Turkey seizes more than 2,200 institutions in crackdown (The Washington Post) In a new tactic against suspected coup plotters, Turkey on Saturday announced it had seized more than 2,250 social, educational or health-care institutions and facilities that it claims pose a threat to national security...
Doctors raise concern over Internet restrictions in Ethiopia (Fides) “Since the Ethiopian government restricted access to the Internet it has become impossible for us to obtain scientific information on the web or discuss cases of serious illnesses which we are unable to manage.” This testimony comes from a Spanish pediatrician coordinator of a hospital for children in Meki, Oromia, Ethiopia...
Report: 250,000 Syrian refugee children in Lebanon are unable to attend school (Fides) More than half the 500,000 school-age refugee children from Syria, registered in Lebanon cannot attend school because of limited availability of resources and strict Lebanese government residence policies. This was reported by Human Rights Watch in a recent survey. The same report also highlighted positive steps towards giving access to free schooling for Syrian children refugees...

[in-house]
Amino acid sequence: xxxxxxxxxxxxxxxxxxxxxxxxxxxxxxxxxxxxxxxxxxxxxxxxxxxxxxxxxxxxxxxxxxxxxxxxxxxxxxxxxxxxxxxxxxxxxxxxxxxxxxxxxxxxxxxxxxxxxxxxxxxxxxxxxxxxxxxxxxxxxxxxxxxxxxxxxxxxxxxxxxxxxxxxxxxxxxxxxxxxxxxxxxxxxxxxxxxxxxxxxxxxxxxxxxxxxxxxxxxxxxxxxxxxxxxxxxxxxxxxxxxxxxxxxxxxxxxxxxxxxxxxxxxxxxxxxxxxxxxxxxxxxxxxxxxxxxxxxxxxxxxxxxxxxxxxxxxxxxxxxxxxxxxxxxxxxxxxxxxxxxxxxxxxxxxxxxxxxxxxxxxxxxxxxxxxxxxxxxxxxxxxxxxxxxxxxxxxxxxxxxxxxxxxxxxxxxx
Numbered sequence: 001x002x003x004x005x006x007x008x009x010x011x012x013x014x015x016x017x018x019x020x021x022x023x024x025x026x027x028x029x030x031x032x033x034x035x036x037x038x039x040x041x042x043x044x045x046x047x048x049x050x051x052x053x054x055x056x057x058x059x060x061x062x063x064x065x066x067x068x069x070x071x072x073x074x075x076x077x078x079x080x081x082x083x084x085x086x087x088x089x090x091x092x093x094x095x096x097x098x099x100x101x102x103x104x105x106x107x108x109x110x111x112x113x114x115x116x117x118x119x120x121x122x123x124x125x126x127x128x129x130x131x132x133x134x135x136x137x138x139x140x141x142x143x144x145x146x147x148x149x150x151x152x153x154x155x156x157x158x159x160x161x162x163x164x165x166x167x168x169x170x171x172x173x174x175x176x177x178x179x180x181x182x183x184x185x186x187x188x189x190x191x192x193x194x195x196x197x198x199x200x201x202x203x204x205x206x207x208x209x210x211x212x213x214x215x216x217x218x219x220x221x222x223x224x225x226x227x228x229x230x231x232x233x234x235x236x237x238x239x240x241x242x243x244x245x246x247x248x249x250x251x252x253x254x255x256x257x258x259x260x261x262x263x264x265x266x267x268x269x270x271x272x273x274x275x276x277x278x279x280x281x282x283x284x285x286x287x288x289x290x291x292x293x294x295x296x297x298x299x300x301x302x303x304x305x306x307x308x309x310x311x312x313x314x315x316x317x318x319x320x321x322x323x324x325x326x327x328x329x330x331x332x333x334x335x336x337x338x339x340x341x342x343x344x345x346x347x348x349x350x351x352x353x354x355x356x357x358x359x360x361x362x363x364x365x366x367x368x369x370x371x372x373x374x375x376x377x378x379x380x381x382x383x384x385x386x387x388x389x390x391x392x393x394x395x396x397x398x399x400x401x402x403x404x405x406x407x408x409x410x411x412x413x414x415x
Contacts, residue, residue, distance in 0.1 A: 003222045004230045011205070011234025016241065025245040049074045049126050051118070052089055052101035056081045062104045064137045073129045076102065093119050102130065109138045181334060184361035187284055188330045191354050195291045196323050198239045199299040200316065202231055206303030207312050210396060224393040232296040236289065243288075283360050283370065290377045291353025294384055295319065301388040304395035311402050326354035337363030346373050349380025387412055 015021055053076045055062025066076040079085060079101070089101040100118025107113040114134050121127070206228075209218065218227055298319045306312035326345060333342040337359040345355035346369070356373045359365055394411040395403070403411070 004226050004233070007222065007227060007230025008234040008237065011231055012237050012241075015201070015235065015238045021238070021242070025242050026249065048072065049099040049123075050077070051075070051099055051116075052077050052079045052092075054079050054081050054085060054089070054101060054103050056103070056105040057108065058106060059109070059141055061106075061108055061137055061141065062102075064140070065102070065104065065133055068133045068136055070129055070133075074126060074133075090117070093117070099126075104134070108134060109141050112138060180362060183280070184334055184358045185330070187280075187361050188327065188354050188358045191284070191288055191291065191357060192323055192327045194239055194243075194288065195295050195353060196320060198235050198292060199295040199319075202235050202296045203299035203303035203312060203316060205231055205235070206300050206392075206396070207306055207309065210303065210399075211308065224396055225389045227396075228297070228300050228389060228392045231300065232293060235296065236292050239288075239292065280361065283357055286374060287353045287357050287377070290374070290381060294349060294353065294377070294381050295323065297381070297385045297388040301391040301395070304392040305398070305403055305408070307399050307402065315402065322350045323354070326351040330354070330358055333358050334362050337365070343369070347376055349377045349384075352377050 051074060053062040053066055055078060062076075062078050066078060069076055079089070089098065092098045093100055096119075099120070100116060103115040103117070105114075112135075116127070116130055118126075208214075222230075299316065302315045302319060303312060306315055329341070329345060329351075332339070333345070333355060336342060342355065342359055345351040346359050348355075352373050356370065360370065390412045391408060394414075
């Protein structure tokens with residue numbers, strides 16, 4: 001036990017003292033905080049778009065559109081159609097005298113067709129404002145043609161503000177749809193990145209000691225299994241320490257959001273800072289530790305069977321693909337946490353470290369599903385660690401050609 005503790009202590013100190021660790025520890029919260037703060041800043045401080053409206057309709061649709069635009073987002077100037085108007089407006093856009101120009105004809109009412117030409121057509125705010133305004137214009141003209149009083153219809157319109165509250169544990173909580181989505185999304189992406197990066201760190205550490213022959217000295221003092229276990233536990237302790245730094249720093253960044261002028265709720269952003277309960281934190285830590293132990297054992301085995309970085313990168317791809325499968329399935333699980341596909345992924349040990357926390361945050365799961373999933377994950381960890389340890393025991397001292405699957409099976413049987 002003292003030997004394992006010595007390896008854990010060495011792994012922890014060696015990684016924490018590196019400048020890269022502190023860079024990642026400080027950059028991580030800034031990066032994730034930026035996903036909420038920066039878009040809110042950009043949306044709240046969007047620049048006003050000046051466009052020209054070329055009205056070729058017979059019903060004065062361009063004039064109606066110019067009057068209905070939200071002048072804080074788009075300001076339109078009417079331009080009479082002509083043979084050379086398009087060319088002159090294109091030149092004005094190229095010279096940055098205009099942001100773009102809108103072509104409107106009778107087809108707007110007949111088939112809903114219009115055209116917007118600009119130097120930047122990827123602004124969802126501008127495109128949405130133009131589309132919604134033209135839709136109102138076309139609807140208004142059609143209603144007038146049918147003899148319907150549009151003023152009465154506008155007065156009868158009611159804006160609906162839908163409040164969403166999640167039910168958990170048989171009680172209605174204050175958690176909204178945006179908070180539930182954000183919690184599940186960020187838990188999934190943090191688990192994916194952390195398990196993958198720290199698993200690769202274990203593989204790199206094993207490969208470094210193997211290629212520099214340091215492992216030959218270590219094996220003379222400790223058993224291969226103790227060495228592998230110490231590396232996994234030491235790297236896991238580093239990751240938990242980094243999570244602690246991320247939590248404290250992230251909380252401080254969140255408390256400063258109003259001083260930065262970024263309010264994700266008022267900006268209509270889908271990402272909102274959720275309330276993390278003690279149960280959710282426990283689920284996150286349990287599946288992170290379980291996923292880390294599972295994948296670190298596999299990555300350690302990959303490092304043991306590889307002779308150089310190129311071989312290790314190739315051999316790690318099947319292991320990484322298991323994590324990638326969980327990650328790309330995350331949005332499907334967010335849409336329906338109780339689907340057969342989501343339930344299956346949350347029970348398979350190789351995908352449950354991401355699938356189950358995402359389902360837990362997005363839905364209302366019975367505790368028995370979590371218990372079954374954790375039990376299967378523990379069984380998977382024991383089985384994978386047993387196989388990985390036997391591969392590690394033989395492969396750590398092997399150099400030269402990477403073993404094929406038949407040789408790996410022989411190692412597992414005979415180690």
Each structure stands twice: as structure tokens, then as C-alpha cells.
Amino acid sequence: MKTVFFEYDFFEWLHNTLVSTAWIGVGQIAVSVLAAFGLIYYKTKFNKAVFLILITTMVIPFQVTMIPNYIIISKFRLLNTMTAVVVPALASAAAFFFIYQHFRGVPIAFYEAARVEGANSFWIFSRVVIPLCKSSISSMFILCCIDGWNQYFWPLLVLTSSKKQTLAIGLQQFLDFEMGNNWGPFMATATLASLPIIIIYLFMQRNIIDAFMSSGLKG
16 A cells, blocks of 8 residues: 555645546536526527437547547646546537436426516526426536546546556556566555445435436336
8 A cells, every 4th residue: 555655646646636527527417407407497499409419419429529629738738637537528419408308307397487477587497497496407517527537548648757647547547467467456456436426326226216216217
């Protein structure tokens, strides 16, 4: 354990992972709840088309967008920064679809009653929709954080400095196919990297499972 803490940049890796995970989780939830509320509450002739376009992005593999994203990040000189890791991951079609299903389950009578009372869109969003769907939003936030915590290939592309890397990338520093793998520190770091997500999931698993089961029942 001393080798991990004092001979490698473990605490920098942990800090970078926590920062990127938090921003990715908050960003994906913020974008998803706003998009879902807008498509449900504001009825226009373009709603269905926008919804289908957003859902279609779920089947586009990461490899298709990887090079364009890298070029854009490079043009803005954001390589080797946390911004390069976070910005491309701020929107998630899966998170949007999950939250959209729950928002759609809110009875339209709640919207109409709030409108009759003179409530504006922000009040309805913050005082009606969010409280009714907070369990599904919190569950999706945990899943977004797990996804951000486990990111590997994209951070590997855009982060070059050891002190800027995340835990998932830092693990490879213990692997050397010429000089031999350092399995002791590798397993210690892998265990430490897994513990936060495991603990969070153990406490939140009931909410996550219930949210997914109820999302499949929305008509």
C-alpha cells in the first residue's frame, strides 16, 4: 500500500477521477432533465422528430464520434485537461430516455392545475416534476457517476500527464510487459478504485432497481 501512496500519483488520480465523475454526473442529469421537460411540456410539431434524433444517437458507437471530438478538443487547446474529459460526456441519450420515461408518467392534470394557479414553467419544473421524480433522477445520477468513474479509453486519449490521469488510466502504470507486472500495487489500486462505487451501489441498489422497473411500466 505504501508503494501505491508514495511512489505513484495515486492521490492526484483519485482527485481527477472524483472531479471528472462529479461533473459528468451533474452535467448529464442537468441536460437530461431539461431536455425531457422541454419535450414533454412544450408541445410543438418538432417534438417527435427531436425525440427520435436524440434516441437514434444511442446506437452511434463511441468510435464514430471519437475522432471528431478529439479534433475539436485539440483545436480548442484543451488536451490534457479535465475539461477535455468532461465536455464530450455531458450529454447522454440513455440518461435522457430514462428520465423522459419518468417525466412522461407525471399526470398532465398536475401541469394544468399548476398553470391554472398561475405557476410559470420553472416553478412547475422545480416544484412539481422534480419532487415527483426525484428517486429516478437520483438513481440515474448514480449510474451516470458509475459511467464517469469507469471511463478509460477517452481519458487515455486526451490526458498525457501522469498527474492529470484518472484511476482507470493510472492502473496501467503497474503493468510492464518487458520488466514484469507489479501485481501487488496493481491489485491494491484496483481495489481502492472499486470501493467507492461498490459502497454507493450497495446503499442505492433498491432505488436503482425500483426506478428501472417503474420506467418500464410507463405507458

Families of Gaza war victims protest lack of aid (Al Jazeera) Hundreds of Palestinians in Gaza have taken to the streets this month — some even setting up tents to sleep in the protest camp overnight — to demand payment from the Palestinian Authority (PA). Amid a dire economic crisis in the Gaza Strip, thousands of residents have not received their monthly allowances from the PA, making it increasingly difficult for them to survive...